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Student Loan Defaults Are Still Rising - U. S.

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The student loan default rate continued to rise in fiscal year 2008, the latest period for which data is available, with default rates for students at for-profit colleges — already the highest — rising the fastest.

Education Secretary Arne Duncan announced Monday morning that the overall student loan default rate for fiscal year 2008 was 7 percent, up from 6.7 percent the previous year.

The rates increased to 6 percent from 5.9 percent at public institutions, to 4 percent from 3.7 percent for private institutions and to 11.6 percent from 11 percent for for-profit institutions.

The default rates represent a snapshot in time, including only those borrowers whose first loan repayments came due from Oct. 1, 2007, to Sept. 30, 2008, and who defaulted before Sept. 30, 2009. Those who defaulted later were not included in the data; over time, default rates increase substantially.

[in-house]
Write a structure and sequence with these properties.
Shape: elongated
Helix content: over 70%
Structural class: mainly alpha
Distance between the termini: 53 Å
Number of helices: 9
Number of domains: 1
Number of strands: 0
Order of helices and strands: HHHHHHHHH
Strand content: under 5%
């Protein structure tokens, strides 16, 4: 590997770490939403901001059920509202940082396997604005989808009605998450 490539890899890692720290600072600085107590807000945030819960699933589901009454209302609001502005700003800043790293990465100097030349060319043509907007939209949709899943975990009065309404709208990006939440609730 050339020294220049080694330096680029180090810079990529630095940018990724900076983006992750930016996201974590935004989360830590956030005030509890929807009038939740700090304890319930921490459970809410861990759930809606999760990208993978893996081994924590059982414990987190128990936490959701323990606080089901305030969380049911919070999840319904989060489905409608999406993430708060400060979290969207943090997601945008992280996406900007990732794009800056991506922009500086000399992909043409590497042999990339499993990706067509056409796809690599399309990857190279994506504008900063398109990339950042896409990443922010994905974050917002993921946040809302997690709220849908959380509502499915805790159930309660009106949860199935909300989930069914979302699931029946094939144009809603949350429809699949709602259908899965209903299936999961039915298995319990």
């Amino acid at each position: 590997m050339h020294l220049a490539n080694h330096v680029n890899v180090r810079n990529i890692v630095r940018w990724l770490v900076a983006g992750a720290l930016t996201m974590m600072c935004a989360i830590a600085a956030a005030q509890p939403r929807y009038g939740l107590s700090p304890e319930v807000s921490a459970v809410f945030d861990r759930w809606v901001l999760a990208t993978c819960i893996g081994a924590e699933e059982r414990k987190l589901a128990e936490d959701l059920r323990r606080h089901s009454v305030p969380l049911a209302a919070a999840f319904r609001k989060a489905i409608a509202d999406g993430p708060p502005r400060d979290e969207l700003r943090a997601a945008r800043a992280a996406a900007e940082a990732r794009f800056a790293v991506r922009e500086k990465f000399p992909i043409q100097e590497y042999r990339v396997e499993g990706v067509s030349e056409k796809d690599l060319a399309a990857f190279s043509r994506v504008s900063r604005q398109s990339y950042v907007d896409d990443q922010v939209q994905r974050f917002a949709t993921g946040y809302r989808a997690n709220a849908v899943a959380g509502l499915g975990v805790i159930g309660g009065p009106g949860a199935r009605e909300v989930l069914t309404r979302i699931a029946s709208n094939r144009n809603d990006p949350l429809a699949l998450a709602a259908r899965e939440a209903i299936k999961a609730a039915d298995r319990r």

During the period in question, almost 3.4 million borrowers entered repayment, and more than 238,000 defaulted on their loans.

“This data confirms what we already know: that many students are struggling to pay back their student loans during very difficult economic times,” Mr. Duncan said, in a statement Monday. “The data also tells us that students attending for-profit schools are the most likely to default. While for-profit schools have profited and prospered thanks to federal dollars, some of their students have not. Far too many for-profit schools are saddling students with debt they cannot afford in exchange for degrees and certificates they cannot use.”

Luckily the recovery is in full swing so these numbers are probably at peak already.

Thank god US unemployment is hovering around 10%.

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